Honey Might be the Sweet Spot to Control Blood Sugar and Cholesterol
High intake of added or free sugars has been shown to contribute to the rise in obesity, type 2 diabetes, and cardiovascular disease (
Health and nutrition guidelines call for a reduction in consumption of added sugars, with health agencies recommending an intake of no more than 5% to 10% of total energy intake per day (
). Most regulatory agencies include honey within their definition of free or added sugars (
). In contrast, honey is often regarded by the public as a healthier alternative to sugar.
Honey is a complex composition of sugars, organic acids, enzymes, proteins, amino acids, minerals, vitamins, and bioactive substances made by honeybees from the nectar of flowers (4✔ ✔Trusted Source
Proper Labeling of Honey and Honey
Products: Guidance for Industry
Go to source
It has shown many benefits for cardiometabolic health in in vitro, animal, and clinical trials. Among these benefits are improvements in body weight, inflammation, lipid profile, and glycemic control. However, the evidence for this effect in human studies has not been systematically evaluated and quantified (5✔ ✔Trusted Source
Contribution of honey in nutrition and human health: A review
Go to source). Furthermore, it is unclear whether the effect of honey differs by the type of honey, such as floral source, and whether honey is raw or processed.
The current study’s researchers investigated the effects of the oral intake of honey for at least seven days or more. These studies determined how honey consumption impacted adiposity, glycaemic control, lipids, blood pressure, uric acid, inflammatory markers, and non-alcoholic fatty liver disease markers (6✔ ✔Trusted Source
Effect of honey on cardiometabolic risk factors: a systematic review and meta-analysis
Go to source).
Importantly, the studies analysed by the researchers in this review involved otherwise healthy patients who did not consume excessive amounts of sugar on a daily basis.
The study consisted of 1,105 participants in total. In these trials, the daily dose of honey was 40 grams, with a length of eight weeks.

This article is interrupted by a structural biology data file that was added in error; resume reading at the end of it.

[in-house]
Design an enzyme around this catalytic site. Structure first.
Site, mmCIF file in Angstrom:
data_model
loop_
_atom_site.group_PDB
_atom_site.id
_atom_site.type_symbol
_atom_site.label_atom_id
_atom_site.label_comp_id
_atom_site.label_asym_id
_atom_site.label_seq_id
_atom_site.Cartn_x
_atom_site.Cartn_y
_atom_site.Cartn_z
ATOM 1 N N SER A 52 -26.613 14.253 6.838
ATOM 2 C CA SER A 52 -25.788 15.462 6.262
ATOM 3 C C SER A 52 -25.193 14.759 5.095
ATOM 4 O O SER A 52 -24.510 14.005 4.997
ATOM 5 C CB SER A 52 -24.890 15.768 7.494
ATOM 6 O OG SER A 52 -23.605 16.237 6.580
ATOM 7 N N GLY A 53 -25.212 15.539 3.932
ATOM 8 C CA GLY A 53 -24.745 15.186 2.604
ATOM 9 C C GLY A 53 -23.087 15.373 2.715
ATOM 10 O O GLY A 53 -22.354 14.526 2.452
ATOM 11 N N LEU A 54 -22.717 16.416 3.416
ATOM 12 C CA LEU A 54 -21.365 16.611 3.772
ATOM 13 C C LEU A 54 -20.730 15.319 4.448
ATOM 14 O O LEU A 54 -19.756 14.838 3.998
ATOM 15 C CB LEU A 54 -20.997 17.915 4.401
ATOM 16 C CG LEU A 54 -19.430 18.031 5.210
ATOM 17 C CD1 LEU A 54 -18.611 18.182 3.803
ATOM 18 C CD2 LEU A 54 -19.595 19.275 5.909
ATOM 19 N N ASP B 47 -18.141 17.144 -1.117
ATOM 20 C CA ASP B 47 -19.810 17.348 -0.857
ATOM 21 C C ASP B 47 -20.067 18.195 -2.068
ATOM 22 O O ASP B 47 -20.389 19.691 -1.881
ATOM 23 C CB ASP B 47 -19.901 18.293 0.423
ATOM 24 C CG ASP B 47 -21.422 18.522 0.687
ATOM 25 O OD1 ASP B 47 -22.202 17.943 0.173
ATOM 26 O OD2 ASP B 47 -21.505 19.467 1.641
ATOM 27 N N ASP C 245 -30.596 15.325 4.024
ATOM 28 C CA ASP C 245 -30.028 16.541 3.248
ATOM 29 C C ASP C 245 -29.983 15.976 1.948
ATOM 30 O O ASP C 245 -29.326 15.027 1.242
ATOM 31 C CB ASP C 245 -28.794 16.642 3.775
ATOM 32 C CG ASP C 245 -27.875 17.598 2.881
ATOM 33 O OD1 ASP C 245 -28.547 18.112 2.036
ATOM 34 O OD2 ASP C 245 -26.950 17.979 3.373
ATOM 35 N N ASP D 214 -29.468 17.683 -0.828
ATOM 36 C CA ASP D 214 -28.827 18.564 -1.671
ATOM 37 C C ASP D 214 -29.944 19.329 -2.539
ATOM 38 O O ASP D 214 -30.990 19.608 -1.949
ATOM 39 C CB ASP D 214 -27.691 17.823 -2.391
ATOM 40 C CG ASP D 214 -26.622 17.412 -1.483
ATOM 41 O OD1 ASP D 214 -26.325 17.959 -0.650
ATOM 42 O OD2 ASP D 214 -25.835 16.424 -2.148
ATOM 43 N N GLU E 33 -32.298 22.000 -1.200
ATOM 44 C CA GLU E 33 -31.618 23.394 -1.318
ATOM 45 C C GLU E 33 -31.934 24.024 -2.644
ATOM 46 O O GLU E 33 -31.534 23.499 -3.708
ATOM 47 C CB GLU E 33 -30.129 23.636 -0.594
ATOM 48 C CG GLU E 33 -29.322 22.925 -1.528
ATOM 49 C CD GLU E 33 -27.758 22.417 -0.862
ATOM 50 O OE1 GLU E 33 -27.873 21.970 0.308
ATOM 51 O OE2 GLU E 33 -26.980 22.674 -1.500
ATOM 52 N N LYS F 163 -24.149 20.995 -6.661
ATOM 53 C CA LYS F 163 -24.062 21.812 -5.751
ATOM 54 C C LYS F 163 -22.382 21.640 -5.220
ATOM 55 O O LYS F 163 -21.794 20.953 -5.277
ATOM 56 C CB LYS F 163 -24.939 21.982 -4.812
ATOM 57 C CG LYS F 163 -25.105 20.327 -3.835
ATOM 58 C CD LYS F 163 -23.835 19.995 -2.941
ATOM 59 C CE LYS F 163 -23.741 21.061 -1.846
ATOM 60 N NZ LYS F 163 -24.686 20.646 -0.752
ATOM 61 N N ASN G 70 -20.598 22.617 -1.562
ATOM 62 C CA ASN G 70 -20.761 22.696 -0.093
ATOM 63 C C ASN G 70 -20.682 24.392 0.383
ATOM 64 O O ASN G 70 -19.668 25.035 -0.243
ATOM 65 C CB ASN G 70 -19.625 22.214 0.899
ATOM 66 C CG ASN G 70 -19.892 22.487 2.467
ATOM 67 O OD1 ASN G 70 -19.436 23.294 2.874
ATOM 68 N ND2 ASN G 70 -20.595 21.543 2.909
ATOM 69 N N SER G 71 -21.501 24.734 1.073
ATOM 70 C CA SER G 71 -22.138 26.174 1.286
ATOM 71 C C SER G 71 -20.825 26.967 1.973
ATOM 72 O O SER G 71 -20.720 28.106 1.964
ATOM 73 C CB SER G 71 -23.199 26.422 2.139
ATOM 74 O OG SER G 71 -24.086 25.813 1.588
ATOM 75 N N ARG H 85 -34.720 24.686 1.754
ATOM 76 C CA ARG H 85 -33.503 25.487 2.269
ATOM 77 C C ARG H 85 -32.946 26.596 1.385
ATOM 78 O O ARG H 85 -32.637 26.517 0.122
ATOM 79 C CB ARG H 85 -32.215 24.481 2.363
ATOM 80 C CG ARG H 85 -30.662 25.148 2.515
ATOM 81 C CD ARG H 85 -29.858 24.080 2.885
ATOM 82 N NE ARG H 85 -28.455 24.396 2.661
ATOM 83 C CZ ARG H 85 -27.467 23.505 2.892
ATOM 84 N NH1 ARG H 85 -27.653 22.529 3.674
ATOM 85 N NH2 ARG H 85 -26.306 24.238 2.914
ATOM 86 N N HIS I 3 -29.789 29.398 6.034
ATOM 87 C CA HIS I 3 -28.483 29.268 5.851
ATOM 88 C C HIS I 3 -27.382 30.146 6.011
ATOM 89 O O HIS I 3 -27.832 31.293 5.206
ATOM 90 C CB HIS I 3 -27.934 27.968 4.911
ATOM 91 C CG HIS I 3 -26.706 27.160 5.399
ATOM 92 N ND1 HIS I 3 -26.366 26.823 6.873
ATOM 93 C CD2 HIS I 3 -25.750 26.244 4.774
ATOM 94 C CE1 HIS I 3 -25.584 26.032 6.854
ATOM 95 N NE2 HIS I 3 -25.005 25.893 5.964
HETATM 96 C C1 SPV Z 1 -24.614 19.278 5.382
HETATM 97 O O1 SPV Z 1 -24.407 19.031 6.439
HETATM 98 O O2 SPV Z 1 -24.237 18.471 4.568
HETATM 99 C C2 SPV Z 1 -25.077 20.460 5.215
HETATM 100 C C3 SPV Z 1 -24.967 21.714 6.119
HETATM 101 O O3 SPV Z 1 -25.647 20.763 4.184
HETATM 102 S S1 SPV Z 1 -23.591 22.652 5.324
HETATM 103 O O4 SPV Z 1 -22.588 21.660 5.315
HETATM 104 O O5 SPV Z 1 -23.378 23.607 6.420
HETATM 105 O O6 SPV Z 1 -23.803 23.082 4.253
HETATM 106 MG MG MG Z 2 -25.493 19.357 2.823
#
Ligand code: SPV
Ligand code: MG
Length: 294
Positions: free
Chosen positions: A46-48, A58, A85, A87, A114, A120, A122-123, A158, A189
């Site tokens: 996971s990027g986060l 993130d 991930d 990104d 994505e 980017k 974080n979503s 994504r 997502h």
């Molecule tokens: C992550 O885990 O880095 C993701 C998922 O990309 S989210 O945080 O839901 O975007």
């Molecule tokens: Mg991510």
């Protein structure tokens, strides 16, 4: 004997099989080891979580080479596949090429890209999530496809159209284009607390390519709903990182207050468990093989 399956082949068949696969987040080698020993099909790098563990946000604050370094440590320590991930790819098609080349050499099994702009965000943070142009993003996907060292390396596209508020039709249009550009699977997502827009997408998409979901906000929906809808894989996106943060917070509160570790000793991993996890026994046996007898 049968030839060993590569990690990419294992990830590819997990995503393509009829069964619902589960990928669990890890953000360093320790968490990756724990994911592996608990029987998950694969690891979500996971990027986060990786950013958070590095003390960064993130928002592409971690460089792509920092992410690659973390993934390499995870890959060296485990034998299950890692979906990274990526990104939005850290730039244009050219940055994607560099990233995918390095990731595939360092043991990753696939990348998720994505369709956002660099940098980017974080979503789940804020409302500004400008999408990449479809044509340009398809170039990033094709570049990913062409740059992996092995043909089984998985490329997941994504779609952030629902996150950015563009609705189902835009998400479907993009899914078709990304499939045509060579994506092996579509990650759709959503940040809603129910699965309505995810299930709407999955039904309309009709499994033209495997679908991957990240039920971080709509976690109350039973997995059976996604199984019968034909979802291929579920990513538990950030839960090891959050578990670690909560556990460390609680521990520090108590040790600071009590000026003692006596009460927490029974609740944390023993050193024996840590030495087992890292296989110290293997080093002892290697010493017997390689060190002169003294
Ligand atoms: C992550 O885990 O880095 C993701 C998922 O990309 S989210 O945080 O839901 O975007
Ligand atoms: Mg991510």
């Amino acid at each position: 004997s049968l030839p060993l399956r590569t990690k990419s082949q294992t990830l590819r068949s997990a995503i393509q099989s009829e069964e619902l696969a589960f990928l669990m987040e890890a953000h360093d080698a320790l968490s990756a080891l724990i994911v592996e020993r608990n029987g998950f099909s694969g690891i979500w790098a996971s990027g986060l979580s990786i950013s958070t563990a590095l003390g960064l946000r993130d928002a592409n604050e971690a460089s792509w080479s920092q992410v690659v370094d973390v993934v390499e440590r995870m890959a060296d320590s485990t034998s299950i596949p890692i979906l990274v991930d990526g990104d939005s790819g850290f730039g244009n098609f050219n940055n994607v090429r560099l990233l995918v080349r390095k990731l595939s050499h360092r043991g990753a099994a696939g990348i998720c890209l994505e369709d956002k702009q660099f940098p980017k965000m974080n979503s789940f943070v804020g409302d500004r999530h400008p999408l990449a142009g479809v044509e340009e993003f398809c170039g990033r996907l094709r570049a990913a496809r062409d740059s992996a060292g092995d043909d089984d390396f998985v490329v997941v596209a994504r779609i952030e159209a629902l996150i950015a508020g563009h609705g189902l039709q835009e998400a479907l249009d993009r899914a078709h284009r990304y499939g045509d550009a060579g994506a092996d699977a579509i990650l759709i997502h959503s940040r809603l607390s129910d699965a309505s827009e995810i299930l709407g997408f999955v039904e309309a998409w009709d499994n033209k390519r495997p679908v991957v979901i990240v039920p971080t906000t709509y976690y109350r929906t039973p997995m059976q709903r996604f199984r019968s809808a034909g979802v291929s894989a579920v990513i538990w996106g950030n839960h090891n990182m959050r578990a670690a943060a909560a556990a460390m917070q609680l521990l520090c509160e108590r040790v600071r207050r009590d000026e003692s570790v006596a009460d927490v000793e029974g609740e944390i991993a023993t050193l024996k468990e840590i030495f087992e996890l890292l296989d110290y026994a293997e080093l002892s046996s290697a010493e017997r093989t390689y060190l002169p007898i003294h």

The different trial comparisons that were involved in these studies included the impact of honey on body weight, body mass index (BMI), waist circumference, systolic blood pressure (SBP), diastolic blood pressure (DBP), fasting glucose, fasting insulin, glycated hemoglobin, homeostasis model assessment of insulin resistance (HOMA-IR), low-density lipoprotein cholesterol (LDL-C), high-density lipoprotein cholesterol (HDL-C), fasting triglycerides, apolipoprotein, high-sensitivity C-reactive protein (CRP), interleukin 6 (IL-6), tumor necrosis factor α (TNF-α), uric acid, and alanine aminotransferase (ALT).
Honey and Its Impact on Cardiometabolic Health
Honey was found to improve lipid outcomes by reducing total cholesterol, LDL-C, and fasting triglyceride levels and increasing HDL-C levels. Furthermore, the oral consumption of honey increased IL-6 and TNF- α levels.
Notably, the researchers found that the floral source and processing method of honey had an impact on its health effects. For example, Robinia honey, clover honey, and raw honey were all associated with reduced fasting glucose and total cholesterol levels.
The health benefits of raw honey, which are not subjected to the harsh effects of pasteurization may be attributed to the presence of probiotic bacteria in this product, such as lactobacilli. In previous studies, lactobacilli have been shown to improve the regulation of the immune system, reduce serum lipid levels, exert anti-oxidant effects, and maintain short-chain fatty acid levels in the intestines.
Despite the high sugar concentration of honey which is about 80%, the majority of which is fructose and glucose, the current study found that the various other bioactive substances that comprise this natural sweetener likely provide cardiometabolic health benefits to consumers.
In addition to the conventional sugars found in honey, rare sugars, which have been shown to alter both short- and long-term glycaemic outcomes, comprise about 14% of the sugar content of honey. Therefore, the presence of these sugars may also contribute to the observed health benefits of honey.
- Controversies about sugars: results from systematic reviews and meta-analyses on obesity, cardiometabolic disease and diabetes
- WHO calls on countries to reduce sugars intake among adults and children
- Reduce sugar
- Proper Labeling of Honey and Honey
Products: Guidance for Industry – (https://www.fda.gov/files/food/published/PDF—Guidance-for-Industry–Proper-Labeling-of-Honey-and-Honey-Products.pdf)
- Contribution of honey in nutrition and human health: A review
- Effect of honey on cardiometabolic risk factors: a systematic review and meta-analysis
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